What is Biochemical engineering? | Q & A

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Nisar Kasai
Nisar Kasai May 3
I want to know Definition and history of that.
Simple Engineer

Biochemical engineering is a branch of engineering that applies engineering principles and techniques to the fields of biotechnology and biochemistry. It involves the design, development, and optimization of processes and technologies for the production of biological products, pharmaceuticals, and biochemicals.

Biochemical engineers work in various industries, including biopharmaceuticals, biotechnology, food and beverage, agriculture, and environmental engineering. They are involved in a wide range of activities, including:

  1. Bioprocess Development:

    • Designing and optimizing bioprocesses for the production of biological products such as therapeutic proteins, vaccines, antibiotics, and enzymes.
    • Developing fermentation, cell culture, and downstream purification processes.
  2. Bioreactor Design:

    • Designing bioreactors and fermentation systems for the cultivation of microorganisms, animal cells, and plant cells.
    • Optimizing bioreactor performance, including temperature, pH, oxygenation, and agitation.
  3. Biocatalysis and Enzyme Technology:

    • Using enzymes and microorganisms as biocatalysts for chemical transformations and synthesis reactions.
    • Developing enzyme immobilization techniques and biocatalytic processes.
  4. Bioseparation and Purification:

    • Developing separation and purification processes for the isolation and purification of biological products.
    • Using techniques such as chromatography, filtration, centrifugation, and membrane separation.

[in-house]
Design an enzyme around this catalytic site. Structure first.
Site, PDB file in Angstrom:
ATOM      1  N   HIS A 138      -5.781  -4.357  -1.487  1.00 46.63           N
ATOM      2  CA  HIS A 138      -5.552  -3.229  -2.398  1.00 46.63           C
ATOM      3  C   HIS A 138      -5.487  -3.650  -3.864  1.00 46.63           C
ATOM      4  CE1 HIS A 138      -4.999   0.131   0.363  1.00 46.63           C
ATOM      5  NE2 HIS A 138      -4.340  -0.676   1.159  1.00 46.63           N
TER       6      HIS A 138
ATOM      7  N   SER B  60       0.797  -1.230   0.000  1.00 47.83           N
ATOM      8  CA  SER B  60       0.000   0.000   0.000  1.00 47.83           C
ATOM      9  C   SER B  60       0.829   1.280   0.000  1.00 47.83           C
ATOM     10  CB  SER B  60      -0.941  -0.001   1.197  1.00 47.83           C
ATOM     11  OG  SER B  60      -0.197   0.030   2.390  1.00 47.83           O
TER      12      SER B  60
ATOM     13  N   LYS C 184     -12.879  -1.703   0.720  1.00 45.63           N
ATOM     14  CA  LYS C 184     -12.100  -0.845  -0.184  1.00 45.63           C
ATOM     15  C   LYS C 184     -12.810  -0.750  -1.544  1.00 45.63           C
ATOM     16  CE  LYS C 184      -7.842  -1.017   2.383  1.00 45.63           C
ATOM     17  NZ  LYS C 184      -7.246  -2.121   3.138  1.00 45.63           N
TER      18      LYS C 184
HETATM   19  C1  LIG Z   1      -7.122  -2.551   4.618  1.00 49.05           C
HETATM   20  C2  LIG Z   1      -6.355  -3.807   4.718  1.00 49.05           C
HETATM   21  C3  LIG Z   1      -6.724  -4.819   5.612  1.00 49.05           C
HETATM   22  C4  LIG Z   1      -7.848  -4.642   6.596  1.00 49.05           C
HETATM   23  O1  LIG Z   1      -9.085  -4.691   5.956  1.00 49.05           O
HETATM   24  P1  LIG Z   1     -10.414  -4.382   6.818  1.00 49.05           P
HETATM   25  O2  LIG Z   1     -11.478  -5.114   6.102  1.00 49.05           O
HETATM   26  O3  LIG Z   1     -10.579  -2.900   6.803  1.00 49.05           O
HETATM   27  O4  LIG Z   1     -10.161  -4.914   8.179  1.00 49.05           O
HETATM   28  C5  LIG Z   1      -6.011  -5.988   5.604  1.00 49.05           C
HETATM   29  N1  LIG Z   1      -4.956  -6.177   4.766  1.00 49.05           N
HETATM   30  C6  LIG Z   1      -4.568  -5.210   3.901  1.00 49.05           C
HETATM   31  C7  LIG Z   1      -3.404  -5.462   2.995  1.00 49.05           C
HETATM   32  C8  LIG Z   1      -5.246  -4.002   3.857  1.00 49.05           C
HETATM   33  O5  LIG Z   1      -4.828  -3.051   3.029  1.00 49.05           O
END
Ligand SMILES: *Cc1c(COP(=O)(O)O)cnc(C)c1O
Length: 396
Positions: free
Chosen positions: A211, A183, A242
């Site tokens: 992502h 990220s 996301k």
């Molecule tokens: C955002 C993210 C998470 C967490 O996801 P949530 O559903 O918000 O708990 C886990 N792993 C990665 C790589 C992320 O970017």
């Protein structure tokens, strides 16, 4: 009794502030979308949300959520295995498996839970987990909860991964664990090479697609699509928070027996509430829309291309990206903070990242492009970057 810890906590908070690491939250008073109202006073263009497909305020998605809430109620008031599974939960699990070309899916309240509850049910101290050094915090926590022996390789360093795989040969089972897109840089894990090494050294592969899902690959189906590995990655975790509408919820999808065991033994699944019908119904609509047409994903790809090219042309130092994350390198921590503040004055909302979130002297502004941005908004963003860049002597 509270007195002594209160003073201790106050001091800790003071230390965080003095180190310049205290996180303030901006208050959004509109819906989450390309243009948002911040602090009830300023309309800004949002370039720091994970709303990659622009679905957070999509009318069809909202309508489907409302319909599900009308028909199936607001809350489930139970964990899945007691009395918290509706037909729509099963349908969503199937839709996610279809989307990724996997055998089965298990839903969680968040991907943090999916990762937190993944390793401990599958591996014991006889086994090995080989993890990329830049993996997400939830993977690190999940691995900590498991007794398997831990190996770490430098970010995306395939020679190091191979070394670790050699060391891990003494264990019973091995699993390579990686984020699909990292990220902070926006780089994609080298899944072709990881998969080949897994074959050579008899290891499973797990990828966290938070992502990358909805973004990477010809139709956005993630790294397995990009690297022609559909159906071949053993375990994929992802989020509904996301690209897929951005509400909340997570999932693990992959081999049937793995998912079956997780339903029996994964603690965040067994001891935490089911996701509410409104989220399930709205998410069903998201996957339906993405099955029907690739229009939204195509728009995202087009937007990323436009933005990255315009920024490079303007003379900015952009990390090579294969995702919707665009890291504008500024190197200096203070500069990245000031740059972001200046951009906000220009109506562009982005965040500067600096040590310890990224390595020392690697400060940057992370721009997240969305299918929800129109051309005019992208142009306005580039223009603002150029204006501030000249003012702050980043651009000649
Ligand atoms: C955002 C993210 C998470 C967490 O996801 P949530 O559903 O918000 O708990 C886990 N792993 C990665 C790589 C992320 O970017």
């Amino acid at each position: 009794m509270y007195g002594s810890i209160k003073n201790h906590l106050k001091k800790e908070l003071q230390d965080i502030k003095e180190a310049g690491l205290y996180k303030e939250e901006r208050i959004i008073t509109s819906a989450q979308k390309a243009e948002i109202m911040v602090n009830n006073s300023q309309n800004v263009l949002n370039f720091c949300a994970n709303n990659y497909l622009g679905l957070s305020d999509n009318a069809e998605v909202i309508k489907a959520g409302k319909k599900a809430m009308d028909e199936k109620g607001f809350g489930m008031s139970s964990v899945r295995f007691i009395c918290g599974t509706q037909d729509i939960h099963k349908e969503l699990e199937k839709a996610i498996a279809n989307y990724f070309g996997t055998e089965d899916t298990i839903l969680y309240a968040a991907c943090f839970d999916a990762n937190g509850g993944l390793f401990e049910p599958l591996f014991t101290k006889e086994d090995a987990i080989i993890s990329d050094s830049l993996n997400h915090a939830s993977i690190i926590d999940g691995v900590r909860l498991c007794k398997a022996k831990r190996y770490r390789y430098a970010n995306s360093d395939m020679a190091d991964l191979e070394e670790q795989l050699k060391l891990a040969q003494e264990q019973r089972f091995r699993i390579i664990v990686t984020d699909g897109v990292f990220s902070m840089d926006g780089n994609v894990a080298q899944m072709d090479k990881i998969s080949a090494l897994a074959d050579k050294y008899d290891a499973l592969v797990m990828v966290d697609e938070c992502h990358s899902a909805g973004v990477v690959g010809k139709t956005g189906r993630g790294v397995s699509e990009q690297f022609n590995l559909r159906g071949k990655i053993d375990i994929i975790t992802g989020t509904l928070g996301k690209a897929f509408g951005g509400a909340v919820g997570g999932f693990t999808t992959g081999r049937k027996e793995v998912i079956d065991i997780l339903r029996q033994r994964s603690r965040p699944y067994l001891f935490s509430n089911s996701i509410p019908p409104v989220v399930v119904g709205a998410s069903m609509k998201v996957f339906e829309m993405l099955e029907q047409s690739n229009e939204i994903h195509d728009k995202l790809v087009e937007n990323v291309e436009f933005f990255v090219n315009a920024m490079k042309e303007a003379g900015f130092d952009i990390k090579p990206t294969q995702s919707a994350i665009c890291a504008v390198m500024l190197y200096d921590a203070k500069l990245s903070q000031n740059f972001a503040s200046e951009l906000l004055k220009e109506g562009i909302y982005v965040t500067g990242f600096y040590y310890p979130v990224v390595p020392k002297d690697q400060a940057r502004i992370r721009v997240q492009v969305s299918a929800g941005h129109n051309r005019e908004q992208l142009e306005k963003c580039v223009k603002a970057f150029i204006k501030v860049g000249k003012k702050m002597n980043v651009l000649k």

5. Biomedical Engineering:

    • Applying engineering principles to the design and development of medical devices, diagnostics, and therapeutic treatments.
    • Developing biomaterials, tissue engineering scaffolds, and drug delivery systems.
  6. Environmental Biotechnology:

    • Using biotechnological processes for environmental remediation, waste treatment, and pollution control.
    • Developing bioremediation, biofiltration, and biodegradation technologies.

Following are the Key Events of emerging this field

Several key events have shaped the research and development of biochemical engineering over the years. Here are some significant milestones:

  1. Discovery of Penicillin (1928):

    • Alexander Fleming's discovery of penicillin marked the beginning of the antibiotic era and revolutionized the treatment of bacterial infections.
    • The mass production of penicillin during World War II demonstrated the potential of fermentation technology for the production of pharmaceuticals.
  2. Development of Recombinant DNA Technology (1970s):

    • The discovery of recombinant DNA technology, also known as genetic engineering, allowed scientists to manipulate and engineer DNA sequences.
    • This breakthrough led to the development of biopharmaceuticals such as insulin, growth hormones, and monoclonal antibodies.
  3. Commercialization of Biotechnology (1980s):

    • The commercialization of biotechnology in the 1980s led to the establishment of the biotechnology industry and the rapid growth of biopharmaceuticals.
    • Advances in bioprocess engineering and bioreactor technology enabled the large-scale production of biopharmaceuticals.
  4. Human Genome Project (1990-2003):

    • The completion of the Human Genome Project provided a comprehensive map of the human genome and accelerated research in genomics and proteomics.
    • This led to the discovery of new drug targets and the development of personalized medicine and gene therapies.
  5. Emergence of Synthetic Biology (2000s):

    • The emergence of synthetic biology as a field allowed scientists to design and engineer biological systems for specific applications.
    • Synthetic biology has led to the development of new bioproducts, biofuels, and biomaterials with applications in healthcare, agriculture, and industry.
  6. Advances in CRISPR-Cas9 Technology (2010s):

    • The development of CRISPR-Cas9 gene editing technology revolutionized the field of molecular biology and genetic engineering.
    • CRISPR-Cas9 has enabled precise and efficient genome editing and has opened up new possibilities for gene therapy and genetic engineering.

These key events have driven research and innovation in biochemical engineering and have contributed to advancements in biotechnology, biopharmaceuticals, and bio-based industries. They have also led to the development of new bioproducts, pharmaceuticals, and biochemicals with applications in healthcare, agriculture, and environmental sustainability.